A Font of Knowledge

Is it a font, a large language model, or an inference engine? Yes. The llama.ttf font packages up a chatbot as a font for easy use.

Nick Bild
25 days agoMachine Learning & AI
Using llama.ttf is even better than having a llama on your shoulder (📷: S. Jørgensen)

OpenAI’s ChatGPT was by no means the first large language model (LLM) to be developed, but it was the tool that brought LLMs into the mainstream. The release of this chatbot led to a modern-day gold rush in which many organizations raced to develop their own LLMs, each trying to outdo their competitor’s latest release. During this initial frenzy it often seemed almost as if this goal was being sought after with little thought about what practical applications these models would actually be used for.

Much of that overzealousness is still apparent today, yet with time to step back and consider the possibilities, more concrete applications are also emerging. One of the more popular applications of LLMs at present is taking the form of a tool that is embedded in email clients and word processors that assists users with their writing. A typical architecture of such an application involves API calls to a remote, cloud-based server that responds to user prompts before the local application parses the response and inserts it into the text editor window.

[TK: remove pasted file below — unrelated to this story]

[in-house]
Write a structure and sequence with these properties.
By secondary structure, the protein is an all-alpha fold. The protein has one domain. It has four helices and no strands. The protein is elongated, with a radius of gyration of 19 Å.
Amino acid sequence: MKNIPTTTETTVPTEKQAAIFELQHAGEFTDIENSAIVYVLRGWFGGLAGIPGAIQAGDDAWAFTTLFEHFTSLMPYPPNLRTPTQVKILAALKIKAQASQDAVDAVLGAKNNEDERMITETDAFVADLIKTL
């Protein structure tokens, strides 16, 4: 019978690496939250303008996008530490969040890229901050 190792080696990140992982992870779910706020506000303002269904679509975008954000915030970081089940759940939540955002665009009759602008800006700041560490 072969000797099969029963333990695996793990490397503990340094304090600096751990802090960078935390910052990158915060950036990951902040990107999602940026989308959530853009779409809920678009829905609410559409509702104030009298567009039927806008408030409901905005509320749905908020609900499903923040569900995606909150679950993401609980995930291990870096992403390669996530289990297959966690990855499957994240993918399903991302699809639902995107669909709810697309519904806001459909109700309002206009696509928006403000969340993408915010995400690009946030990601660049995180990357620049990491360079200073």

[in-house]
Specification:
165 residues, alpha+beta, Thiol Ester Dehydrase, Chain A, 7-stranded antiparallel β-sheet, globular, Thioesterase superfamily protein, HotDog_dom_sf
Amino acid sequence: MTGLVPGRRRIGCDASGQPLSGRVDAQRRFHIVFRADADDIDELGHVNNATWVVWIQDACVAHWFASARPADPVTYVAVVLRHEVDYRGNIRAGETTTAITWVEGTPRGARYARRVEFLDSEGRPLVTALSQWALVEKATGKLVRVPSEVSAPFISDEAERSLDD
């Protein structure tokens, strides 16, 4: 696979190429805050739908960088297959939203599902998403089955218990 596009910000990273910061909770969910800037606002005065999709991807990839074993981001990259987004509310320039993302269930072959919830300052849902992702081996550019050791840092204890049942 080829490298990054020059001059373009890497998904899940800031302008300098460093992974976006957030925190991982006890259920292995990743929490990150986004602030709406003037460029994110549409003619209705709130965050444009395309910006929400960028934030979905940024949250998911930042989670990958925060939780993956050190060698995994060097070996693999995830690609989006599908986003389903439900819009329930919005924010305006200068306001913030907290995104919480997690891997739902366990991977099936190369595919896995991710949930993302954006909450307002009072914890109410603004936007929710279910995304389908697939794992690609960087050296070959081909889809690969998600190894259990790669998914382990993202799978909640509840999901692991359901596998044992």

A mathematician named Søren Fuglede Jørgensen had a very strange, yet also quite interesting (but mostly strange), idea for a new way to integrate LLMs into text editors. Jørgensen developed a tool called llama.ttf, and as the name implies, it is a font. But it is also an LLM. And an inference engine. Yes, all in a font. I did mention that it was strange, didn’t I?

This odd hack will work with any application that leverages the font shaping engine called HarfBuzz, which is a pretty long list, and includes some notable applications like Google Chrome. HarfBuzz includes a web assembly shaper that can execute arbitrary code, which is meant to give flexibility in defining text shapes. But in this case, Jørgensen stuffed an entire LLM (TinyStories, 15 million parameters) and inference engine into the font file.

Is anyone else’s spider sense tingling right about now? If you can transparently run an LLM in a HarfBuzz font, what else could you run? Or what else might already be running? But setting that aside for a moment, the result in this case is llama.ttf, an intelligent font. By simply choosing to use what appears to be a standard font, one can then type certain keywords, like “abracadabra,” and characters with special meaning, like an exclamation point, and text completion features just start to happen.

Weirdness aside, with some refinement, llama.ttf could actually be a very appealing way to package up an LLM for many use cases. It just works in a variety of existing applications, and does not require sending any private data to unknown cloud-based systems for purposes that are never entirely clear. If you want to dig deeper, check out Jørgensen’s project write-up and GitHub repository.

Nick Bild
R&D, creativity, and building the next big thing you never knew you wanted are my specialties.
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